How did Black Lives Matter protests change the NFL?
Ahead of an uncertain season disrupted by the coronavirus pandemic and propelled by the urgency of nationwide protests, it’s difficult to say.
In 2018, NFL owners unanimously approved a national anthem policy requiring players to stand if they are on the field during the performance of the song.
But its status is unclear, and it hasn’t been enforced over the last two seasons. But Goodell’s statement
Under the rule, players have the option to remain in the locker room during the anthem if they prefer. If a player or other employee of a team kneels or sits during the anthem, the teams themselves are fined. The teams then have the option to fine the individual players or personnel for the infraction.
The vote was unanimous, but the owner of the San Francisco 49ers — the team Kaepernick played for when he started the protest — abstained from the vote.
Kaepernick’s kneeling protest also has a grim resonance following the death of Mr Floyd.
Widespread footage of now-former Minneapolis police officer Derek Chauvin shows him digging his knee into the back of Mr Floyd’s neck for nearly nine minutes as he struggled to breathe.
At protests around the world, demonstrators have kneeled to echo Kaepernick’s protest. Many police officers and elected officials have joined.
Black NFL players issued a viral message following Mr Floyd’s death to demand NFL officials condemn systemic racism, admit that the league has “wrongfully silenced” peaceful protests among players, and say that “Black Lives Matter.”
“We will not be silenced,” players say in the message. “We assert our right to peacefully protest.”
New Orleans Saints quarterback Drew Brees, among several NFL players who disagreed with kneeling during the anthem as a sign of protest, faced a wave of backlash after he said he will “never agree with anybody disrespecting the flag of the United States of America or our country.”
Several other Saints players posted messages urging Brees to reconsider his statements.
He later apologised to his teammates and fans, saying: “I realise this is not an issue about the American flag. It has never been. We can no longer use the flag to turn people away or distract them from the real issues that face our black communities.”
His initial comments drew support from Mr Trump, who said Brees “should not have taken back his original stance on honouring our magnificent American Flag.”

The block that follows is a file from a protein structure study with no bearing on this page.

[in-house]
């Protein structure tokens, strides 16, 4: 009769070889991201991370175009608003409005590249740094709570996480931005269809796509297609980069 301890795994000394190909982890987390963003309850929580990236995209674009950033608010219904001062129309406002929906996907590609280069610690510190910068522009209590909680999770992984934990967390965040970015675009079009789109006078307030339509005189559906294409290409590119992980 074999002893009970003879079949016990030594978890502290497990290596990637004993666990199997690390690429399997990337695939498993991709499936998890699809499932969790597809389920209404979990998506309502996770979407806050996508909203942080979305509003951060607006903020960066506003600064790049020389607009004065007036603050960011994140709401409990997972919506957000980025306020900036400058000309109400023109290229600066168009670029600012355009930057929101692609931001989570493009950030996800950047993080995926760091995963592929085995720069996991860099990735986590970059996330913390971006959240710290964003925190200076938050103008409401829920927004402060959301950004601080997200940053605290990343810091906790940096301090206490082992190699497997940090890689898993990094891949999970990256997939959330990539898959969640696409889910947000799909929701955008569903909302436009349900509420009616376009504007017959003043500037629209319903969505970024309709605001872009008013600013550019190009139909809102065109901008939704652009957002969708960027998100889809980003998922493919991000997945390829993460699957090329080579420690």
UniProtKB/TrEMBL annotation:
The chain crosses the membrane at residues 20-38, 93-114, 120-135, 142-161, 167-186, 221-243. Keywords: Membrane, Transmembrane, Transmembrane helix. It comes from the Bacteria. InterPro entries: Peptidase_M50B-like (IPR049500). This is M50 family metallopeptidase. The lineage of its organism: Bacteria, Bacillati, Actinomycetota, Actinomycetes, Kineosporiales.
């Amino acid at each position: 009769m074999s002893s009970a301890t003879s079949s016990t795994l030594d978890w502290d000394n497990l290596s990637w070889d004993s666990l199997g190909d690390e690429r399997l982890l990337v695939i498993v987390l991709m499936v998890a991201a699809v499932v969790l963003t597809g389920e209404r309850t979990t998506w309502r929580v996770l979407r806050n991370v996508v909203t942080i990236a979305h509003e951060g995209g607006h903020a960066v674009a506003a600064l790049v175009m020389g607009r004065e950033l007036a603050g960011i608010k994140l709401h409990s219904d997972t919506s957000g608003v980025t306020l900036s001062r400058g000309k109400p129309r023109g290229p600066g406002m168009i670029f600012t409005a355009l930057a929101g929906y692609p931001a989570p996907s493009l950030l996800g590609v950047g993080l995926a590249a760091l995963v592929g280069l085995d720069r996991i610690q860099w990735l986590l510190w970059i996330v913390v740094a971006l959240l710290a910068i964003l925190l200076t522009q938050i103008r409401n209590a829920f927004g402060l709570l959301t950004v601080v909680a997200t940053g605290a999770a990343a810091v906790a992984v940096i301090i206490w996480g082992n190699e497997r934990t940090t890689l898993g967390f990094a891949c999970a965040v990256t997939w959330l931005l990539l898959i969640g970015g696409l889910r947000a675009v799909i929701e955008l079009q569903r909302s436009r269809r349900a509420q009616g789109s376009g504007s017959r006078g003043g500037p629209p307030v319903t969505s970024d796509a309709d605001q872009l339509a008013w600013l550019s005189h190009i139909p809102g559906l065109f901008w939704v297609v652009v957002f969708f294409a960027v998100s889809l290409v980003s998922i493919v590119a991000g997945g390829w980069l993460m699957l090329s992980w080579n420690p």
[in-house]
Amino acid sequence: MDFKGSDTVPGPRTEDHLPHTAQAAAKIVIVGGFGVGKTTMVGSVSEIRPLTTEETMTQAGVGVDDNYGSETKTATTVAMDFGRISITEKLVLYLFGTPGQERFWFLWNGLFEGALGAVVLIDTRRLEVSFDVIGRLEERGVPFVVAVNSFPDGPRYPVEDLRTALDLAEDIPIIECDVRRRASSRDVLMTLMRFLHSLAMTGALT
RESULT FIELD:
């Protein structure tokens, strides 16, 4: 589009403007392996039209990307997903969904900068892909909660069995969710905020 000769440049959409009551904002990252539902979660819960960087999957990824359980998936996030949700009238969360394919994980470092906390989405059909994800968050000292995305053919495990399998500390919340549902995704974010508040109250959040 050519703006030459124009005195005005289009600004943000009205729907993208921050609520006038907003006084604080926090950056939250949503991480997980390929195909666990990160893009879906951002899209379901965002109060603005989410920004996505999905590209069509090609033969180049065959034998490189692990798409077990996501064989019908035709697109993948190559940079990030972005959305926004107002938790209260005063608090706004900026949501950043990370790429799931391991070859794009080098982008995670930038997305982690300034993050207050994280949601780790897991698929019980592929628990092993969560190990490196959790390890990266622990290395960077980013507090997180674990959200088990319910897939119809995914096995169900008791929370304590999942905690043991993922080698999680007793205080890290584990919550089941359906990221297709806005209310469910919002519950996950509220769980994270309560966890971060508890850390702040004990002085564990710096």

But in his statement aimed directly at the president, the quarterback said: “I completely missed the mark … We must stop talking about the flag and shift our attention to the real issues of systemic racial injustice, economic oppression, police brutality, and judicial [and] prison reform. We are at a critical juncture in our nation’s history! If not now, then when?
In a pair of tweets, the president said: “OLD GLORY is to be revered, cherished, and flown high … We should be standing up straight and tall, ideally with a salute, or a hand on heart. There are other things you can protest, but not our Great American Flag – NO KNEELING!”
But is it abnormal for sports stars to make their political opinions known during events?
No. There is a rich history of American sports stars highlighting injustice in their country.
American Olympians John Carlos and Tommie Smith made headlines across the world in 1968, months after the murder of Martin Luther King Jr, when they raised their gloved fists as a black power salute on the podium after winning in that year’s summer games. Their iconic protest brought them death threats, and they were expelled from the games. Smith later said: “If I win, I am American, not a black American. But if I did something bad, then they would say I am a Negro. We are black and we are proud of being black. Black America will understand what we did tonight.”
Muhammad Ali is perhaps one of the best known American athletes to take a major political stand. The boxing champion refused to be drafted into the Vietnam War — a refusal which involved jailtime. He did so on the basis of his faith, he said, but did note the cruel irony of asking black men to fight in Vietnam for a country that has treated them as subhuman.
NBA stars have also worn their support for the Black Lives Matter movement.
What happened to Kaepernick?
Kaepernick is still not currently on any NFL team, though he held an open workout with the NFL in November 2019, stirring speculation that he was groomed for a return to the league.
While he’s been off the field, he has remained busy with charity work and as a prominent civil rights activist. In his NFL career, he made a $1 million pledge he made to charitable organisations.
He also co-founded Know Your Rights Camp, an organisation that holds free self-important seminars to young people. His organisation also created a Covid-19 relief fund.